History

Church Interior
Niulakita Atoll, December 2000 - Church interior. The church bell was acquired from a ship and turned out to be too heavy to lift into the tiny tower, so it's housed in a nearby shelter.
Source: Peter Bennetts

Tuvalu became an independent nation in October 1978. Independence means no other country is obligated to assist Tuvalu at times of great challenge, as it is now facing through threats associated with climate change.

The Ellice Islands became a British protectorate in 1892, following the imperial division of much of the western and central Pacific by Britain and Germany. In 1916, the protectorate gained the status of the Gilbert and Ellice Islands Colony. In 1974, Ellice Islanders voted in a referendum for separation from the Gilbert Islands which was officially achieved the following year.

In 1861, a London Missionary Society group from the Cook Islands was shipwrecked in the Ellice Islands. The group introduced Christianity to the islanders, with missionaries from Samoa arriving in 1865. As Christian beliefs became integrated into the way of life, islanders continued to live simply and peacefully. Births, deaths and other traditions were rarely recorded, except for in Church registers, which now serve as archives for family history.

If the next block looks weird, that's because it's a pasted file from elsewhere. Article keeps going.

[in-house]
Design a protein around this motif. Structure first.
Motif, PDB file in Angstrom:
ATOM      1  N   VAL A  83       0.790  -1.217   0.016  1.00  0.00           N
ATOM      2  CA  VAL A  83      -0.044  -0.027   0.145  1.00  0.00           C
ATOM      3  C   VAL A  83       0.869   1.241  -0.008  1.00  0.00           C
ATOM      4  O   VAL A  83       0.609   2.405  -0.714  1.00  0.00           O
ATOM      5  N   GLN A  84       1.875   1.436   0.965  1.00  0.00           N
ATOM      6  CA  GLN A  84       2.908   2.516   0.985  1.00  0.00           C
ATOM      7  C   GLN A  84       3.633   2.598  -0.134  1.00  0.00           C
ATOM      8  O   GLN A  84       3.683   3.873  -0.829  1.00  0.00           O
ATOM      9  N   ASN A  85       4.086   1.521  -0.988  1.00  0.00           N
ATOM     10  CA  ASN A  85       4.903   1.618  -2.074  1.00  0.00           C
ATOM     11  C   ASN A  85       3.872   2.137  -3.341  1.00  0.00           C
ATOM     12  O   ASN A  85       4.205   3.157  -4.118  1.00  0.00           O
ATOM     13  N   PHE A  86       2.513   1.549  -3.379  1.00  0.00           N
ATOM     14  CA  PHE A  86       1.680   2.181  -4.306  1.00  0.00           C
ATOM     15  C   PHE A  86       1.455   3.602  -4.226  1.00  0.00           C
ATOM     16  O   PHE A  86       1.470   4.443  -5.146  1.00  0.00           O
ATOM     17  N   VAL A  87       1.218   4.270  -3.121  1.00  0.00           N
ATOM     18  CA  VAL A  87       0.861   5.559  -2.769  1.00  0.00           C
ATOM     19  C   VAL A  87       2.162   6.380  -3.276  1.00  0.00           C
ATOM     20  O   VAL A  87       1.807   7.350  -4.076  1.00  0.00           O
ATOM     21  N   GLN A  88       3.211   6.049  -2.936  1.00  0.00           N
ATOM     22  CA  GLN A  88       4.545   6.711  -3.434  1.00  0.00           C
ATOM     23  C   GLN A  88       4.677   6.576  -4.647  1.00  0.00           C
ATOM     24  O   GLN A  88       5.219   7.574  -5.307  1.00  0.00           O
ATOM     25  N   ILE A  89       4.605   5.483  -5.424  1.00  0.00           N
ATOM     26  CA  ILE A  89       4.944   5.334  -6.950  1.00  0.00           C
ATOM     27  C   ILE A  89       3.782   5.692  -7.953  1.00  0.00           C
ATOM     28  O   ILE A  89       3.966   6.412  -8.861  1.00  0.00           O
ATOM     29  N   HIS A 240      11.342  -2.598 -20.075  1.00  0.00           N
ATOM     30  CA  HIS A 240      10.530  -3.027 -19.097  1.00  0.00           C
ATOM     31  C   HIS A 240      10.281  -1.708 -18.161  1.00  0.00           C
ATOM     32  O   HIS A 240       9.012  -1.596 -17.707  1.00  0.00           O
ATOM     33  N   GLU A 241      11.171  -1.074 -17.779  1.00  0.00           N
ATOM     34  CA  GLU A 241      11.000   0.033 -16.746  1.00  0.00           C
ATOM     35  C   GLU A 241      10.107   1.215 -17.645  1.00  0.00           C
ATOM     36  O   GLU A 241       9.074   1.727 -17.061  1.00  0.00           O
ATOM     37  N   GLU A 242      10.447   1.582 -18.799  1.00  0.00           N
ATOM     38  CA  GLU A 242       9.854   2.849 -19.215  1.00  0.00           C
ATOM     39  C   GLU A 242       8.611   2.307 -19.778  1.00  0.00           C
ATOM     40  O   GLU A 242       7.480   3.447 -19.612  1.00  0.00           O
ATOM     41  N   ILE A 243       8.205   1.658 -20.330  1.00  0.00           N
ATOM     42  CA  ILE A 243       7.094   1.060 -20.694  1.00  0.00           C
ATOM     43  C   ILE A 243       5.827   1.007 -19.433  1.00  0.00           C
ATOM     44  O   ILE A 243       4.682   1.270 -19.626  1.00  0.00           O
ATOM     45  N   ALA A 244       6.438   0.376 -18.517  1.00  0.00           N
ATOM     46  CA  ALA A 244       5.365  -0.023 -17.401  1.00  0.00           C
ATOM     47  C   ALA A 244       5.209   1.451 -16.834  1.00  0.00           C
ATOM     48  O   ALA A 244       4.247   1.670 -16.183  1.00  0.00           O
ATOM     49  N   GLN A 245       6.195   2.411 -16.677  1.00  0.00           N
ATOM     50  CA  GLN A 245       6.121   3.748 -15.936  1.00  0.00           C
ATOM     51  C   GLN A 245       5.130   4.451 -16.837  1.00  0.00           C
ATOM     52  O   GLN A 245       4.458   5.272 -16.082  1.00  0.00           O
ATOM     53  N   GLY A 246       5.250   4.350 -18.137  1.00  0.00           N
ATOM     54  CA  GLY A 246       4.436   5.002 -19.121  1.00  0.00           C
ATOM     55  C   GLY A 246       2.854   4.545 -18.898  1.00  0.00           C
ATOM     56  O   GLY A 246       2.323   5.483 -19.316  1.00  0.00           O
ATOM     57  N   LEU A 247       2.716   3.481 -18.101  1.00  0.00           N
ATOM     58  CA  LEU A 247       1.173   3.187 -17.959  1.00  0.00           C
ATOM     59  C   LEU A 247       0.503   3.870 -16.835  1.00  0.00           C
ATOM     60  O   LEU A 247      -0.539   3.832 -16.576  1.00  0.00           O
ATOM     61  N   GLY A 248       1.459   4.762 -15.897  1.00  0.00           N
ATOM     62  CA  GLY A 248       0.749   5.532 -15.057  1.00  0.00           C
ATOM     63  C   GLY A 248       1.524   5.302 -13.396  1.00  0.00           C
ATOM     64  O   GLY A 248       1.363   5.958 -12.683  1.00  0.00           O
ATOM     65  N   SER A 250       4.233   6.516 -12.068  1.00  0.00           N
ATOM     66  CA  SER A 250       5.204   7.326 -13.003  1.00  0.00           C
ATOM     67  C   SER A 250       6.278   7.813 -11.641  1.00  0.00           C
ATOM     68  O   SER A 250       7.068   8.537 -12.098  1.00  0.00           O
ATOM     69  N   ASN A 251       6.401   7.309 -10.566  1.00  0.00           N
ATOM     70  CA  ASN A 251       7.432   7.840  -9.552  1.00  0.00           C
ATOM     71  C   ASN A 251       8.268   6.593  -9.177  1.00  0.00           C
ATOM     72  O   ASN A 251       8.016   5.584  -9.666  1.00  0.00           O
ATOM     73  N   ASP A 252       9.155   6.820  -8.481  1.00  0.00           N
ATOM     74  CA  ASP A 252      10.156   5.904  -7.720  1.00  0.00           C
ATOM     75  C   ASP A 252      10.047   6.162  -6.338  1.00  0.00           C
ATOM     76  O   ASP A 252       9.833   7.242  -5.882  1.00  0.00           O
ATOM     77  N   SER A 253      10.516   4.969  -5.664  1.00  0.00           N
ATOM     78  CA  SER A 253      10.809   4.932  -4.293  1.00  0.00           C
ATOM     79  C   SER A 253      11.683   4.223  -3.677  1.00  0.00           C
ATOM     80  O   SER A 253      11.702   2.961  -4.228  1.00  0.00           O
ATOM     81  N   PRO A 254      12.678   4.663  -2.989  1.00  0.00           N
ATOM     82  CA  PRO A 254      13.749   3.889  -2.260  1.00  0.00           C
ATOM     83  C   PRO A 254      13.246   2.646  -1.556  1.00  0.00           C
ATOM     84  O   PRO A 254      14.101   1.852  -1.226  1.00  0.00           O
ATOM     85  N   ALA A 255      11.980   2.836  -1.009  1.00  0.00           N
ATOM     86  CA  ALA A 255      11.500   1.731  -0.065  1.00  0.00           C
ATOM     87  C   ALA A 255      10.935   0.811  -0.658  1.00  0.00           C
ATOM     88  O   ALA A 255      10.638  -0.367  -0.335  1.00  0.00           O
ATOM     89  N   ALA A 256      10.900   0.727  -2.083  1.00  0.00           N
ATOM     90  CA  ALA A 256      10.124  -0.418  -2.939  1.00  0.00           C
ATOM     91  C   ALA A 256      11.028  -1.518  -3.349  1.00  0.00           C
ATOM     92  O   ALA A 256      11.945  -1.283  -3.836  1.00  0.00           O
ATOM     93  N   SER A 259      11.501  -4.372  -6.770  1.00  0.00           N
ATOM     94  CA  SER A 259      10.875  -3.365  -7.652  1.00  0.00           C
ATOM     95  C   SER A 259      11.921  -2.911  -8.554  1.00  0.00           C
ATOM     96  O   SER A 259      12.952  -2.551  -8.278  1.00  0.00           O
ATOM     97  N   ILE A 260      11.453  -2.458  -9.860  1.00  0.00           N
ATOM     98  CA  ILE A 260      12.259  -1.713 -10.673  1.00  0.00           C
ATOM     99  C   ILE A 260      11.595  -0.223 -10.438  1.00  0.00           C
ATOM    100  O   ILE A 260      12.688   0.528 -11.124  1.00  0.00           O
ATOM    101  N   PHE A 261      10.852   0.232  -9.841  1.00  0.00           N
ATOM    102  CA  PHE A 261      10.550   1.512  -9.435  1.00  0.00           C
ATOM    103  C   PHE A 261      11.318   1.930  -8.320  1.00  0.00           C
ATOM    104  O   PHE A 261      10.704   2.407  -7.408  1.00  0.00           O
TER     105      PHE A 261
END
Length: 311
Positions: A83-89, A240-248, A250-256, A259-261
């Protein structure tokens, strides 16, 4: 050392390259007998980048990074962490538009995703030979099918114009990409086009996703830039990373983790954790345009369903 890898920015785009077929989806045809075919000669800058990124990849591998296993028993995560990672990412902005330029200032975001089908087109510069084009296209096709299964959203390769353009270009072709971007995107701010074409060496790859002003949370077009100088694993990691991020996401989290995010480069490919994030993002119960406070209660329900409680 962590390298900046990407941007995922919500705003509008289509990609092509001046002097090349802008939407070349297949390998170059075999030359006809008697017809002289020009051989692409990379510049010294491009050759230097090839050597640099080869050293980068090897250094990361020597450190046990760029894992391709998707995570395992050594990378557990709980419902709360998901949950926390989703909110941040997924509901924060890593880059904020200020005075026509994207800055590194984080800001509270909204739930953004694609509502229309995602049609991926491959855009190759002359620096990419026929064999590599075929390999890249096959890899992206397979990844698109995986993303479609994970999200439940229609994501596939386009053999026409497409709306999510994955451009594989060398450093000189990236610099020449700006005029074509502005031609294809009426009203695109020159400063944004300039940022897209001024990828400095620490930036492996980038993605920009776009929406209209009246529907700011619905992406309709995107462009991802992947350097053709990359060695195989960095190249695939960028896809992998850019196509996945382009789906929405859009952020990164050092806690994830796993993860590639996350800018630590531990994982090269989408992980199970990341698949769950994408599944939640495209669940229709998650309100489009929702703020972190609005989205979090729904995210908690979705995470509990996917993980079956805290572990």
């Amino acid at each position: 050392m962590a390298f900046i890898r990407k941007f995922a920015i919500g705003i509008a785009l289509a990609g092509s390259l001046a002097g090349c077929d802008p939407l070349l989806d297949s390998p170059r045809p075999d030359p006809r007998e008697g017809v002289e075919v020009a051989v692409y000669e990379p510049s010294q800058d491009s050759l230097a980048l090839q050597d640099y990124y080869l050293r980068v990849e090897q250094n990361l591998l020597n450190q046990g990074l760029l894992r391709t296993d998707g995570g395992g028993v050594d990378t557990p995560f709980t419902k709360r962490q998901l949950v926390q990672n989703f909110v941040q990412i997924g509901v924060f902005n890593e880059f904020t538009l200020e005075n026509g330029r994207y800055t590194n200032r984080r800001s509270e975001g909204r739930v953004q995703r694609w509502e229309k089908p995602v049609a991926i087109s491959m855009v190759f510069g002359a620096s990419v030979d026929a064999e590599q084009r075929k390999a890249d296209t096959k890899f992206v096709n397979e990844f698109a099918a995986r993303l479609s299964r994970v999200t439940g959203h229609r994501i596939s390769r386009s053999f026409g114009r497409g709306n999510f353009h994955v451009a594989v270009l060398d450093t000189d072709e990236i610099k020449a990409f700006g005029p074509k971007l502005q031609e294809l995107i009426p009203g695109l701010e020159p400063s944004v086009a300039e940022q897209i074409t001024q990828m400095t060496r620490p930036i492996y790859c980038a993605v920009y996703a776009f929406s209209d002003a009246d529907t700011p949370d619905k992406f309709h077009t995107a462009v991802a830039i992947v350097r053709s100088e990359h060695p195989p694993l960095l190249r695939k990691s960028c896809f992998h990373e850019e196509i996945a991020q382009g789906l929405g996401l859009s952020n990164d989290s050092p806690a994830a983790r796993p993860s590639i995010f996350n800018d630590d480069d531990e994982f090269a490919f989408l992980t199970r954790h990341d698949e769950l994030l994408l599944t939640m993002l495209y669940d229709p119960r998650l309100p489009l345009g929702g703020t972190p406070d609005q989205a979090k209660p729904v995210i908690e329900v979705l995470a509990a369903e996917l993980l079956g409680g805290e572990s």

Today 97 per cent of Tuvaluans are Christian. The church and falekapaule are the most important buildings on each island of Tuvalu. The falekapaule is a communal building where guests are received and ceremonial functions are held. It is here that issues of individual islands are discussed and submitted to the Tuvalu government for consideration and approval.

Image Gallery

men gathering Niutao Atoll, February 2001 - Niutao's Church.